The 2009/10 vintage is approximately 265 million tonnes
Exports in the year to April 2010 comprise 140 million litres total with the UK taking 47.1m, Australia 45m and the US 26.7m, Canada 7.3m, Germany 1.8m, Ireland 1.7m, the Netherlands 1.5m, China 1.4m and Denmark 1.1m. In 2008/9, it totalled 85m litres.
With a large vintage last year coinciding with the economic downturn, Gregan told Drinks International that he was relieved this year’s vintage was down and therefore more in line with world demand.
“The vintage being at the lower end of the range is, in my opinion, great news,” said Gregan. “By having a balance between supply and demand, it is positive for the market.”
New Zealand is in an enviable position in terms of the average price per bottle. An almost entirely premium producer, its wines command an impressive £6.05 in its largest export market the UK, compared to a total market average of £4.35.
The significant challenge is the exchange rates with the NZ dollar strong against a weakening pound. “It’s a hard yard for us,” said Gregan ruefully.
Asked about export markets, Gregan revealed he has been in China twice in the last month. He sees it as a “large opportunity” as it has a “unique relationship”. New Zealand was the first country in the world to recognise formally China. It promulagated a free trade agreement and trade tariffs on New Zealand imports come down in 2012.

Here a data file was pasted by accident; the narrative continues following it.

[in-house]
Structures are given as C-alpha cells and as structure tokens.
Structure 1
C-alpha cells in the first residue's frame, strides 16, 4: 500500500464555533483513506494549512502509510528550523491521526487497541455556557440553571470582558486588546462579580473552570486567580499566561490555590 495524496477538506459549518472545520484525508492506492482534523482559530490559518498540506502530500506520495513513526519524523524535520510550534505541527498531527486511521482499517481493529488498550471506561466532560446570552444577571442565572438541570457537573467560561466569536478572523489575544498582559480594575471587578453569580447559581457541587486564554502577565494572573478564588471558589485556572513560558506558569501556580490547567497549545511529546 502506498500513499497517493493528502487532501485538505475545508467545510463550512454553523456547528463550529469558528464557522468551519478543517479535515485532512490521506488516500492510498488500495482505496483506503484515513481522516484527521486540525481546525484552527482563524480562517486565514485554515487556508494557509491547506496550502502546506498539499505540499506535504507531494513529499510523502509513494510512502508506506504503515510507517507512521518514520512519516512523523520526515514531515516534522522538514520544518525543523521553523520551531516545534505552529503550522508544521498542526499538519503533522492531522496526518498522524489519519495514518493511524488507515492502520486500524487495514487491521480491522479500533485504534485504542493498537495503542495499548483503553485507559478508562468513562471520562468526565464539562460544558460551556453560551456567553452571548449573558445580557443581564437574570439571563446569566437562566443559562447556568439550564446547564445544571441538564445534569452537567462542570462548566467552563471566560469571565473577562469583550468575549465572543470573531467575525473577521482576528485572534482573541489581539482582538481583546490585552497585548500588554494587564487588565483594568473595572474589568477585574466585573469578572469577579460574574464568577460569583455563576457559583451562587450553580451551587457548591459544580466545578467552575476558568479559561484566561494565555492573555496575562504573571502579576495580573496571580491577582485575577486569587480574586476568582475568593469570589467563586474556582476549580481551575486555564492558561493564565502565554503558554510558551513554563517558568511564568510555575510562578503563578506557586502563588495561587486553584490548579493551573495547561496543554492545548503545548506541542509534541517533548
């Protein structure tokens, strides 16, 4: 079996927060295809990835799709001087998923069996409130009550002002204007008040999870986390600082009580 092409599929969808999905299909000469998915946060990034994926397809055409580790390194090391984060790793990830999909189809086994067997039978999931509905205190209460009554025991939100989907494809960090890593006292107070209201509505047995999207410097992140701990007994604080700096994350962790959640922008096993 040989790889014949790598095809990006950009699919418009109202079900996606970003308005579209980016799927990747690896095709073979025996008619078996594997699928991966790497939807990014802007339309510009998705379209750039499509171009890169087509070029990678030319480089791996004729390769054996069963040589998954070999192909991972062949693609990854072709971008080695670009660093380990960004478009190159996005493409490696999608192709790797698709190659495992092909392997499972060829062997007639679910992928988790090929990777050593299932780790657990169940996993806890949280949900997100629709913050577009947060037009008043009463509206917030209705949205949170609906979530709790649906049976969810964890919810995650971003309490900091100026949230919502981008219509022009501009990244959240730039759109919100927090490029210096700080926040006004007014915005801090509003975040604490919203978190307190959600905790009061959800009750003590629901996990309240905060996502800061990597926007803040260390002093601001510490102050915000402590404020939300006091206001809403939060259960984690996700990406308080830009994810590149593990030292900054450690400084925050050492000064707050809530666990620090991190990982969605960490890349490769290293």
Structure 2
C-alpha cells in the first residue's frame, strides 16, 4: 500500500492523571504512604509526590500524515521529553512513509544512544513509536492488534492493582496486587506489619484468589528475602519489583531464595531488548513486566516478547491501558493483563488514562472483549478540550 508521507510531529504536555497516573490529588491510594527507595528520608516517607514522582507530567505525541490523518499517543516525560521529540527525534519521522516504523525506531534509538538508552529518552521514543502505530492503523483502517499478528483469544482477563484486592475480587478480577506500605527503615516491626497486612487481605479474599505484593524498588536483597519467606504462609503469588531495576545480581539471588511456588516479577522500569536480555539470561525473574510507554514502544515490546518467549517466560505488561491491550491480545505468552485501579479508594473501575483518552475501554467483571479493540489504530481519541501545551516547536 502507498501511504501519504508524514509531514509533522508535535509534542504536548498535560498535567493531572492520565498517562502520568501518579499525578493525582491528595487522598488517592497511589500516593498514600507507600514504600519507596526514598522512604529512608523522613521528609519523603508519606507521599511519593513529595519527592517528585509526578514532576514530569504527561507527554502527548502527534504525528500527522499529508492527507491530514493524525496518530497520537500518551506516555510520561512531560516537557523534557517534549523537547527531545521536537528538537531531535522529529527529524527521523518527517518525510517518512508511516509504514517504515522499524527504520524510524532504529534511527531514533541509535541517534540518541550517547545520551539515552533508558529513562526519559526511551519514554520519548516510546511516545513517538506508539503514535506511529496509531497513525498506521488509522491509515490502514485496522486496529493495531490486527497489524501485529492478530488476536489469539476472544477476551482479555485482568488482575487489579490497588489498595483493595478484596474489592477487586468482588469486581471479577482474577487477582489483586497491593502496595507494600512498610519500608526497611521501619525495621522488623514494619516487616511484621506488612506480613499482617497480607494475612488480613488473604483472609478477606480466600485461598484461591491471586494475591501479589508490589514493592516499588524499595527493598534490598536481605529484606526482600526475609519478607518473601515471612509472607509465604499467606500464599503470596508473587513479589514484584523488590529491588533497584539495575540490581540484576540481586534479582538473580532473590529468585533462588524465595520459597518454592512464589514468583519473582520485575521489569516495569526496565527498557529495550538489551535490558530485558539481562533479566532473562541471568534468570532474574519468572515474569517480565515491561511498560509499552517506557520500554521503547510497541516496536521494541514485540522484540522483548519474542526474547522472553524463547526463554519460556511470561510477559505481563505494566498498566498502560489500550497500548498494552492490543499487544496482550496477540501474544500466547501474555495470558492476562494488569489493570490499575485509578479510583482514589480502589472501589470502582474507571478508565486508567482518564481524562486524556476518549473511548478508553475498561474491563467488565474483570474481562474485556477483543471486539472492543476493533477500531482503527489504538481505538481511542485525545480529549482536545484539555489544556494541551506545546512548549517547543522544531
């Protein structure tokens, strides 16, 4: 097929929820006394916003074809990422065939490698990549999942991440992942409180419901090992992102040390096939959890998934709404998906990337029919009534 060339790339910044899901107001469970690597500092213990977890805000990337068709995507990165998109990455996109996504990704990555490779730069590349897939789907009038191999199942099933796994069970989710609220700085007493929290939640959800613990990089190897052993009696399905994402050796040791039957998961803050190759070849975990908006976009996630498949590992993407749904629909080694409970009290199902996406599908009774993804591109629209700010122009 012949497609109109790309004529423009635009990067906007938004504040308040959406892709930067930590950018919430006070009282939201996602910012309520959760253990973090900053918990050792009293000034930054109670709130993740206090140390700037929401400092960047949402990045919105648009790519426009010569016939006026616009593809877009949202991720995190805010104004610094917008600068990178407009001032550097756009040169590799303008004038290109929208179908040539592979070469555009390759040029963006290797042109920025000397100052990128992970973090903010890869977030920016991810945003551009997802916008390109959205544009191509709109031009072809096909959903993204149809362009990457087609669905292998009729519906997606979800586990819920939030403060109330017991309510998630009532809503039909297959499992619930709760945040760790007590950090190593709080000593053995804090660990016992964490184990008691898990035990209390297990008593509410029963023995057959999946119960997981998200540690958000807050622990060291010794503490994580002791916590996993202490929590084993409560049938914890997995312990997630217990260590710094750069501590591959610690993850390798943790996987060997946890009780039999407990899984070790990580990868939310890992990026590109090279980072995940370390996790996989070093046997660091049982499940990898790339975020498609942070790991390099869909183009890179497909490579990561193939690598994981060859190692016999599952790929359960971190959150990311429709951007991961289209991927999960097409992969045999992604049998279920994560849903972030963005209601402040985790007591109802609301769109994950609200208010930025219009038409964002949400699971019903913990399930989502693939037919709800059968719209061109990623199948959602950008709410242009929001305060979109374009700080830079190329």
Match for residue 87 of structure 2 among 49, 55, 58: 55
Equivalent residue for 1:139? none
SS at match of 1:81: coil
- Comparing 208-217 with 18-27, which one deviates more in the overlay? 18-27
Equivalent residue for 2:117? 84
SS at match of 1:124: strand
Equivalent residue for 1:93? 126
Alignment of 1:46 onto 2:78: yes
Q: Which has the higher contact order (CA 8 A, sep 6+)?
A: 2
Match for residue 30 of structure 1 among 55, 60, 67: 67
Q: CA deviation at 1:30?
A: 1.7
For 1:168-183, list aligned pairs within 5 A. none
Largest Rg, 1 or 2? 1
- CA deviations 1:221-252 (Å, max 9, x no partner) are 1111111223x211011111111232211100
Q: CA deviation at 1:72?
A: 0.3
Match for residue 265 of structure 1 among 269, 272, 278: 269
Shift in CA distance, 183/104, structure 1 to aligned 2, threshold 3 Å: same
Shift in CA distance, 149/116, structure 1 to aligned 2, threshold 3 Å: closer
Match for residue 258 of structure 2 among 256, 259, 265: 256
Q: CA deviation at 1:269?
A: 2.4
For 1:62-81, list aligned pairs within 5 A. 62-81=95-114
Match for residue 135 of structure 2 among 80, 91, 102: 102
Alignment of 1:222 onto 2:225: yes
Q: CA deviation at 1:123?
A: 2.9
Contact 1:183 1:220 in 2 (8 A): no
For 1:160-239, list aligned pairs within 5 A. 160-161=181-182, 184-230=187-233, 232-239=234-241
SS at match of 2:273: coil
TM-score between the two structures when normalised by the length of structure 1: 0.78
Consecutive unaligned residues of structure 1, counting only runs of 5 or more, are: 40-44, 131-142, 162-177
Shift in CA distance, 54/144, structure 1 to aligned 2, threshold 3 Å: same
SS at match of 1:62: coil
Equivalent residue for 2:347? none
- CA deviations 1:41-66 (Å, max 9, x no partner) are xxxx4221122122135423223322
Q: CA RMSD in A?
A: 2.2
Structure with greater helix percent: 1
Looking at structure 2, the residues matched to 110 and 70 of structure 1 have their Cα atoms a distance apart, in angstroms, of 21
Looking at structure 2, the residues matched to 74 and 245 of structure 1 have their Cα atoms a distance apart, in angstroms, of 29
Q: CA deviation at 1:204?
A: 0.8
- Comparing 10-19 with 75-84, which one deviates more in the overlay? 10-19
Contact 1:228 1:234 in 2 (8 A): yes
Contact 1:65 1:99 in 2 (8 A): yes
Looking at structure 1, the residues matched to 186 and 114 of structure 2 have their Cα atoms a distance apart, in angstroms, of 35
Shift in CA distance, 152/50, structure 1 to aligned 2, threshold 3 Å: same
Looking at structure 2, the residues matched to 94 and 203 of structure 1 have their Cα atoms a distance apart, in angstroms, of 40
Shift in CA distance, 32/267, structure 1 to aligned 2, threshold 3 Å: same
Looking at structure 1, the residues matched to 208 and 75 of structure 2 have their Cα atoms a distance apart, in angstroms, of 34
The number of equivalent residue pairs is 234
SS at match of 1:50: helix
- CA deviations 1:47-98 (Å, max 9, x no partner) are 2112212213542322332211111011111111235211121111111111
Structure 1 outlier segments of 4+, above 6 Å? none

Gregan said of Shanghai: “You could be in Paris. It is like Europe so we see it as a great opportunity.”
David Cox who looks after Europe for NZWG sees the Nordic monopolies, Sweden, Norway and Finland as good opportunities for New Zealand wine. He is also focusing on Switzerland, Austria and the hotel, restaurant, not retail, in Germany. He foresees opportunities further east in the likes of the Czech Republic, Poland and Russia, but that is longer term.
“There is also Ireland,” said Cox. “There are some who think the lights have been turned off but it is 15% up for us.”
Gregan expressed his delight at the way Australians have over a relatively short period got a taste for their nearest neighbour’s Sauvignon Blanc. Asked how come, he said it was purely a case of the Australians turning their backs on their own white wines, particularly oaky Chardonnays and preferring the lighter, more zesty world beating signature Sauvignon Blancs from New Zealand.
With its Pinot Noirs particularly from Cental Otago on South Island widely regarded as world class and its aromatic whites such as Pinot Gris and Riesling offering quality alternative to Sauvignon, New Zealand is in a strong position. The only minus note is its Cabernet, Bordeaux blends, mainly from the warm region of Hawkes Bay on North Island , are not striking a chord with consumers.